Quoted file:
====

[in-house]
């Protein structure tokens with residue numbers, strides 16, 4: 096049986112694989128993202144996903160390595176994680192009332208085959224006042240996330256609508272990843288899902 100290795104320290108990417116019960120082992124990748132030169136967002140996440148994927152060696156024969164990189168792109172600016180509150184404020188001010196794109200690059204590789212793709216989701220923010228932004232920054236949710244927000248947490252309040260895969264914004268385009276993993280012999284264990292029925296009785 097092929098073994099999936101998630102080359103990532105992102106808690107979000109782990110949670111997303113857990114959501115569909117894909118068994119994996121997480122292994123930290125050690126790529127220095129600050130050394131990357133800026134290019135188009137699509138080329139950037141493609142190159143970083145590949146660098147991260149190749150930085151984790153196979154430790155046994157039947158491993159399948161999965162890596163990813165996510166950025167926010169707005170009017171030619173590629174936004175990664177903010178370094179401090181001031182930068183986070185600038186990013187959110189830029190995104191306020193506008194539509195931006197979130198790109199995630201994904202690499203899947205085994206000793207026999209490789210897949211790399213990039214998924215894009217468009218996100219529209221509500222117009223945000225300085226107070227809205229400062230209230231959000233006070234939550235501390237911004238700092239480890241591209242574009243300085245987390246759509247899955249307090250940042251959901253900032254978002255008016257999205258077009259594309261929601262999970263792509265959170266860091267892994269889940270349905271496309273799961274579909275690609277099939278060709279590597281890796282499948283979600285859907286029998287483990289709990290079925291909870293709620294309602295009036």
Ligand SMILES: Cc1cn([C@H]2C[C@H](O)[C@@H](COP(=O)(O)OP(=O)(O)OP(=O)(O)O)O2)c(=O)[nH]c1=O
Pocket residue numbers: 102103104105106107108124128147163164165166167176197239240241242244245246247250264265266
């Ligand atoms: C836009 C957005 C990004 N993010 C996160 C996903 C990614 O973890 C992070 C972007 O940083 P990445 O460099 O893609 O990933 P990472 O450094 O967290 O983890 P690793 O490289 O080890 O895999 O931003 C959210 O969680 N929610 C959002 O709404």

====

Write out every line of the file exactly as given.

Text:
[in-house]
């Protein structure tokens with residue numbers, strides 16, 4: 096049986112694989128993202144996903160390595176994680192009332208085959224006042240996330256609508272990843288899902 100290795104320290108990417116019960120082992124990748132030169136967002140996440148994927152060696156024969164990189168792109172600016180509150184404020188001010196794109200690059204590789212793709216989701220923010228932004232920054236949710244927000248947490252309040260895969264914004268385009276993993280012999284264990292029925296009785 097092929098073994099999936101998630102080359103990532105992102106808690107979000109782990110949670111997303113857990114959501115569909117894909118068994119994996121997480122292994123930290125050690126790529127220095129600050130050394131990357133800026134290019135188009137699509138080329139950037141493609142190159143970083145590949146660098147991260149190749150930085151984790153196979154430790155046994157039947158491993159399948161999965162890596163990813165996510166950025167926010169707005170009017171030619173590629174936004175990664177903010178370094179401090181001031182930068183986070185600038186990013187959110189830029190995104191306020193506008194539509195931006197979130198790109199995630201994904202690499203899947205085994206000793207026999209490789210897949211790399213990039214998924215894009217468009218996100219529209221509500222117009223945000225300085226107070227809205229400062230209230231959000233006070234939550235501390237911004238700092239480890241591209242574009243300085245987390246759509247899955249307090250940042251959901253900032254978002255008016257999205258077009259594309261929601262999970263792509265959170266860091267892994269889940270349905271496309273799961274579909275690609277099939278060709279590597281890796282499948283979600285859907286029998287483990289709990290079925291909870293709620294309602295009036």
Ligand SMILES: Cc1cn([C@H]2C[C@H](O)[C@@H](COP(=O)(O)OP(=O)(O)OP(=O)(O)O)O2)c(=O)[nH]c1=O
Pocket residue numbers: 102103104105106107108124128147163164165166167176197239240241242244245246247250264265266
């Ligand atoms: C836009 C957005 C990004 N993010 C996160 C996903 C990614 O973890 C992070 C972007 O940083 P990445 O460099 O893609 O990933 P990472 O450094 O967290 O983890 P690793 O490289 O080890 O895999 O931003 C959210 O969680 N929610 C959002 O709404």